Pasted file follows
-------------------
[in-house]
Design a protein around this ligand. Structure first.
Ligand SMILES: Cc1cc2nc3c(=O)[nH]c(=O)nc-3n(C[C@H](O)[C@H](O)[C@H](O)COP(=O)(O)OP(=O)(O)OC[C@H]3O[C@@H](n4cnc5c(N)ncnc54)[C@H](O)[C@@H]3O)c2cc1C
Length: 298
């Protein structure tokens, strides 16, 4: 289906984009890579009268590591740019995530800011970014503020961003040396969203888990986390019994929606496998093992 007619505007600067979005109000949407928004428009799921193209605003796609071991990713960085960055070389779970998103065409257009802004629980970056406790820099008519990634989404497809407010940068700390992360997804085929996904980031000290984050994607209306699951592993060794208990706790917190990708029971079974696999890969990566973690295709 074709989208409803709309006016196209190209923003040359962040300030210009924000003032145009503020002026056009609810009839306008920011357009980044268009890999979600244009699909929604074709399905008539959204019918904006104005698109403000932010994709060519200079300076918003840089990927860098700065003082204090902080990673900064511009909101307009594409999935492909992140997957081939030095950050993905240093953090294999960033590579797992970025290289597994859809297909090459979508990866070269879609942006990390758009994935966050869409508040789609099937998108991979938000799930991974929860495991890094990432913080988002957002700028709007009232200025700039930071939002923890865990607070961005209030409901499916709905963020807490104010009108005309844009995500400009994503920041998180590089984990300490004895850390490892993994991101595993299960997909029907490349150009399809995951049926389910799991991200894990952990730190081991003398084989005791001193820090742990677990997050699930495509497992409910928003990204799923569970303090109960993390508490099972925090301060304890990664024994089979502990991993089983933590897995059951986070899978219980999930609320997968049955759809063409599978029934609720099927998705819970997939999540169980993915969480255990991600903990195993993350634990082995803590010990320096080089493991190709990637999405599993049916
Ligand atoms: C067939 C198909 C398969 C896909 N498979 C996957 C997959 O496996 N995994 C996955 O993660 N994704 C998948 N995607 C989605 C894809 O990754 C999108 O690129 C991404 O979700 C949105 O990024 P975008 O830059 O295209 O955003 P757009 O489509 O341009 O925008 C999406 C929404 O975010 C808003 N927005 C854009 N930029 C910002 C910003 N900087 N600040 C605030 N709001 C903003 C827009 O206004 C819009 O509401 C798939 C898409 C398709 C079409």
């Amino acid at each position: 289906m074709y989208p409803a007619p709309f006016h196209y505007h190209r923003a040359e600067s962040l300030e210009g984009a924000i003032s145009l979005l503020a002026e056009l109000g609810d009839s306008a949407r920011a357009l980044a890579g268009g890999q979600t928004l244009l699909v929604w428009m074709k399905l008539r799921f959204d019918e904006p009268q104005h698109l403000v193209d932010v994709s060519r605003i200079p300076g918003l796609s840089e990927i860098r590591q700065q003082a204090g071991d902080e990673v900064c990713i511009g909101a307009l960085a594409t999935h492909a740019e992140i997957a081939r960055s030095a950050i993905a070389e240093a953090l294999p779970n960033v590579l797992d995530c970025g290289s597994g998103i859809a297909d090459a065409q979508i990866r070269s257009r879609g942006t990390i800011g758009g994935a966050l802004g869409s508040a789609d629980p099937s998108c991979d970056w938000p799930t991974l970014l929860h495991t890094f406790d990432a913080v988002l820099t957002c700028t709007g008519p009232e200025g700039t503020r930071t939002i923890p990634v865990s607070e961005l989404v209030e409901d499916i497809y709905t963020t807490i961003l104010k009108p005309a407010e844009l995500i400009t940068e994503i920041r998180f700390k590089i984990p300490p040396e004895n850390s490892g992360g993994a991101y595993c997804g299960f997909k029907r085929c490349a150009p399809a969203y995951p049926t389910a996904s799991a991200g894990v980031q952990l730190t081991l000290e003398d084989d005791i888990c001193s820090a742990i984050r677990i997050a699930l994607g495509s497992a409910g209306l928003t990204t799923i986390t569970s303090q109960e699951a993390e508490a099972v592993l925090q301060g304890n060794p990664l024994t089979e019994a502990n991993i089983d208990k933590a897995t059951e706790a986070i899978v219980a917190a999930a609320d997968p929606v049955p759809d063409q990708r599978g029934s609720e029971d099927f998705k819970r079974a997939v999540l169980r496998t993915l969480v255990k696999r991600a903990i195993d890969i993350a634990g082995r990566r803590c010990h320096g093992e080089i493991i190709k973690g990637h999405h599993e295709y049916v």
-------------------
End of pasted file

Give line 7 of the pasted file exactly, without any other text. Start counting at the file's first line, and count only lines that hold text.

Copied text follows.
């Amino acid at each position: 289906m074709y989208p409803a007619p709309f006016h196209y505007h190209r923003a040359e600067s962040l300030e210009g984009a924000i003032s145009l979005l503020a002026e056009l109000g609810d009839s306008a949407r920011a357009l980044a890579g268009g890999q979600t928004l244009l699909v929604w428009m074709k399905l008539r799921f959204d019918e904006p009268q104005h698109l403000v193209d932010v994709s060519r605003i200079p300076g918003l796609s840089e990927i860098r590591q700065q003082a204090g071991d902080e990673v900064c990713i511009g909101a307009l960085a594409t999935h492909a740019e992140i997957a081939r960055s030095a950050i993905a070389e240093a953090l294999p779970n960033v590579l797992d995530c970025g290289s597994g998103i859809a297909d090459a065409q979508i990866r070269s257009r879609g942006t990390i800011g758009g994935a966050l802004g869409s508040a789609d629980p099937s998108c991979d970056w938000p799930t991974l970014l929860h495991t890094f406790d990432a913080v988002l820099t957002c700028t709007g008519p009232e200025g700039t503020r930071t939002i923890p990634v865990s607070e961005l989404v209030e409901d499916i497809y709905t963020t807490i961003l104010k009108p005309a407010e844009l995500i400009t940068e994503i920041r998180f700390k590089i984990p300490p040396e004895n850390s490892g992360g993994a991101y595993c997804g299960f997909k029907r085929c490349a150009p399809a969203y995951p049926t389910a996904s799991a991200g894990v980031q952990l730190t081991l000290e003398d084989d005791i888990c001193s820090a742990i984050r677990i997050a699930l994607g495509s497992a409910g209306l928003t990204t799923i986390t569970s303090q109960e699951a993390e508490a099972v592993l925090q301060g304890n060794p990664l024994t089979e019994a502990n991993i089983d208990k933590a897995t059951e706790a986070i899978v219980a917190a999930a609320d997968p929606v049955p759809d063409q990708r599978g029934s609720e029971d099927f998705k819970r079974a997939v999540l169980r496998t993915l969480v255990k696999r991600a903990i195993d890969i993350a634990g082995r990566r803590c010990h320096g093992e080089i493991i190709k973690g990637h999405h599993e295709y049916v």